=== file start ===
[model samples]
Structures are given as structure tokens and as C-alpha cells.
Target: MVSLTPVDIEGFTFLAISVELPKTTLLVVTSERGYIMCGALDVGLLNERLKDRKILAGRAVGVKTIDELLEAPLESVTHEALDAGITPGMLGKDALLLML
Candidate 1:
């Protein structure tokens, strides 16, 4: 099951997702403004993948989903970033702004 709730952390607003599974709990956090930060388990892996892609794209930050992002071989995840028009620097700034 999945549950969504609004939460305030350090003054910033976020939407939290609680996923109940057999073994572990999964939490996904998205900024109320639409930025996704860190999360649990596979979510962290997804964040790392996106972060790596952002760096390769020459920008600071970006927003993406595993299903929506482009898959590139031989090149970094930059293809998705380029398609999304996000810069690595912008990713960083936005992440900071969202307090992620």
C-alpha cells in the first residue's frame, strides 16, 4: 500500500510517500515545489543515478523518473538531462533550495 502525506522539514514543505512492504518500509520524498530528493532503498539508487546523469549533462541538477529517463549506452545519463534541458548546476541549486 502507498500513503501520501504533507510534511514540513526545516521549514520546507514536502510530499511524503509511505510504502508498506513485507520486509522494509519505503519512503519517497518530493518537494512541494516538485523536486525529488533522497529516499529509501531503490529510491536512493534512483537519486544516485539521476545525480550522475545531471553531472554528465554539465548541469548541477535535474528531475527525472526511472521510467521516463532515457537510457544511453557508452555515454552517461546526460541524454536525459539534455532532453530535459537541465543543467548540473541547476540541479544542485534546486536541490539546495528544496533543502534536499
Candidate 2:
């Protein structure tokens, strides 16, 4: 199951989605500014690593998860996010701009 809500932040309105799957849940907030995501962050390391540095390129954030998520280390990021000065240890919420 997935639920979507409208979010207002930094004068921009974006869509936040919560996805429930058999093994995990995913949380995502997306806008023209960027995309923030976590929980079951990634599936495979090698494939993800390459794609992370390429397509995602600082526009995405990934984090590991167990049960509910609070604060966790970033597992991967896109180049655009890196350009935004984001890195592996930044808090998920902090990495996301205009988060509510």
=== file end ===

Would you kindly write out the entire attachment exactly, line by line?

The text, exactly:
[model samples]
Structures are given as structure tokens and as C-alpha cells.
Target: MVSLTPVDIEGFTFLAISVELPKTTLLVVTSERGYIMCGALDVGLLNERLKDRKILAGRAVGVKTIDELLEAPLESVTHEALDAGITPGMLGKDALLLML
Candidate 1:
């Protein structure tokens, strides 16, 4: 099951997702403004993948989903970033702004 709730952390607003599974709990956090930060388990892996892609794209930050992002071989995840028009620097700034 999945549950969504609004939460305030350090003054910033976020939407939290609680996923109940057999073994572990999964939490996904998205900024109320639409930025996704860190999360649990596979979510962290997804964040790392996106972060790596952002760096390769020459920008600071970006927003993406595993299903929506482009898959590139031989090149970094930059293809998705380029398609999304996000810069690595912008990713960083936005992440900071969202307090992620």
C-alpha cells in the first residue's frame, strides 16, 4: 500500500510517500515545489543515478523518473538531462533550495 502525506522539514514543505512492504518500509520524498530528493532503498539508487546523469549533462541538477529517463549506452545519463534541458548546476541549486 502507498500513503501520501504533507510534511514540513526545516521549514520546507514536502510530499511524503509511505510504502508498506513485507520486509522494509519505503519512503519517497518530493518537494512541494516538485523536486525529488533522497529516499529509501531503490529510491536512493534512483537519486544516485539521476545525480550522475545531471553531472554528465554539465548541469548541477535535474528531475527525472526511472521510467521516463532515457537510457544511453557508452555515454552517461546526460541524454536525459539534455532532453530535459537541465543543467548540473541547476540541479544542485534546486536541490539546495528544496533543502534536499
Candidate 2:
């Protein structure tokens, strides 16, 4: 199951989605500014690593998860996010701009 809500932040309105799957849940907030995501962050390391540095390129954030998520280390990021000065240890919420 997935639920979507409208979010207002930094004068921009974006869509936040919560996805429930058999093994995990995913949380995502997306806008023209960027995309923030976590929980079951990634599936495979090698494939993800390459794609992370390429397509995602600082526009995405990934984090590991167990049960509910609070604060966790970033597992991967896109180049655009890196350009935004984001890195592996930044808090998920902090990495996301205009988060509510």